Author Archives: Joe Hubbard
Why would I serve you filet mignon, when everybody’s lapping up the dog-doo? Because I can! It’s a simple answer to a not so straight forward question, but it’s based on years of investing time and money into my musicianship skills, which include studying with some of the best jazz and composition teachers on the planet, along with playing with some of the best musicians and recording artists around. But this still begs the question of why there is so much “junk science” being peddled as “the real thing” by so many unqualified people, all over the internet, who mostly, haven’t played with anybody of repute or paid any significant dues as working musicians.
Well, it’s that time of year again when New Year’s resolutions start to surface and as a practicing musician, you’re probably just starting to think about new ways of how to improve the ‘quality’ your practice regime. If you are 100% happy with your bass playing and musicianship skills, then don’t read any further. But…if you are looking for new ways to improve the value of your practice habits, then read on!
Understanding that ‘chord tones are king’, is often talked about but frequently misunderstood. The whole premise of this principle is that the first step to understanding how to play over a set of chord changes is to first focus on the chord tones and not the scales as your primary source material to create meaningful and musical lines.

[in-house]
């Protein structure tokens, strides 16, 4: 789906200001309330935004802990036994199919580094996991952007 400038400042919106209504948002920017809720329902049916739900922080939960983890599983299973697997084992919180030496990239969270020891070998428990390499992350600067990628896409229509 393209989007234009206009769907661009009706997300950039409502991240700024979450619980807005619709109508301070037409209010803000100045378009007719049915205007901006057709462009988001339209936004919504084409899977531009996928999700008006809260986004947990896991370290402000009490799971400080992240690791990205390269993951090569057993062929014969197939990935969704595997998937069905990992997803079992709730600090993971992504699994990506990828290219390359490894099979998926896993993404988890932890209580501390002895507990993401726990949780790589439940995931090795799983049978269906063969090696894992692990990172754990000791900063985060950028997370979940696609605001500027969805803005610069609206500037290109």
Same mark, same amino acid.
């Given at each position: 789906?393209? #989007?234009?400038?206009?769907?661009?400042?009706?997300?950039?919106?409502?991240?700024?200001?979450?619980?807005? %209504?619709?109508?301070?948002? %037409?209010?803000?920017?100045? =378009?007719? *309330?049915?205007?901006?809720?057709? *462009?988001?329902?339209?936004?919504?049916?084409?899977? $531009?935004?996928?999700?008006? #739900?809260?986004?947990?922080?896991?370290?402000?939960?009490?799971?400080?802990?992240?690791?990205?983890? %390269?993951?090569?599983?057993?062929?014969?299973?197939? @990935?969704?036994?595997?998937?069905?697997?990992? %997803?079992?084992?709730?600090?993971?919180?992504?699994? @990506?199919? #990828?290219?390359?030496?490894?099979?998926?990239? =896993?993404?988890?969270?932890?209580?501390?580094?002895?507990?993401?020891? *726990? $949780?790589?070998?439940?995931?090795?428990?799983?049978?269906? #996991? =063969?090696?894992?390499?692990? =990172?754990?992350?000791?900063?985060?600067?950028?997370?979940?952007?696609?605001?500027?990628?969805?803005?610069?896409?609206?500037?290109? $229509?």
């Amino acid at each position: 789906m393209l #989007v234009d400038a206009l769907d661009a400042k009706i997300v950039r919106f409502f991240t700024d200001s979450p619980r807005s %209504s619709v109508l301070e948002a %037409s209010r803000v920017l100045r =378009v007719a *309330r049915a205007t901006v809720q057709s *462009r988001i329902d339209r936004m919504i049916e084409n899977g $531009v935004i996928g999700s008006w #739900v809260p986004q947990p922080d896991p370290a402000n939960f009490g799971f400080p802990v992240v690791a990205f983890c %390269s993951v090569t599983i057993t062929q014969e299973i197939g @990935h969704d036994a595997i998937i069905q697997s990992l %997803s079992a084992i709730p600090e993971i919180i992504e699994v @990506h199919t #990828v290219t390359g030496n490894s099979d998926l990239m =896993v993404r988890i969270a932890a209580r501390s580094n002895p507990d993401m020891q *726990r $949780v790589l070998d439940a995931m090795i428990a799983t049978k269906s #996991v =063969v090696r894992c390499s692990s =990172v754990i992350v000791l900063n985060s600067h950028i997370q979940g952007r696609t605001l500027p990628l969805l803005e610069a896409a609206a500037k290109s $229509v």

Once you understand this basic concept, then you must start to ‘spice up’ or embellish the chord tones to create a sense of tension and release in your lines. This is tantamount to adding a bit of garlic or fresh chilies to a somewhat bland meal. The source material to implement this kind of embellishment goes deep, but a good place to start is with chromatic approach notes.
There is a litany of finger exercises, but sadly, most of them just serve to wiggle your fingers and nothing more. What you want is something to warm up with that engages all three of the senses and relates to something musically- right?
12-tone rows are a great musical source to sink your teeth into, that are melodic studies relating to the chromatic scale. Music that is entirely based on the chromatic scale is called atonal, but what you might not know is that many of the more modern jazz players use atonal ideas over tonal music!
Finger funk grooves became popular in the 70’s and have continued to be a major source of inspiration for pop, rock, smooth jazz and fusion music. The rhythmical feel suggested by the bass lines has a distinct sound where the 16 note is the main rhythmical subdivision against the pulse. Playing finger funk grooves requires a strong punchy right hand attack where the rhythmical phrases are played with a more staccato phrasing.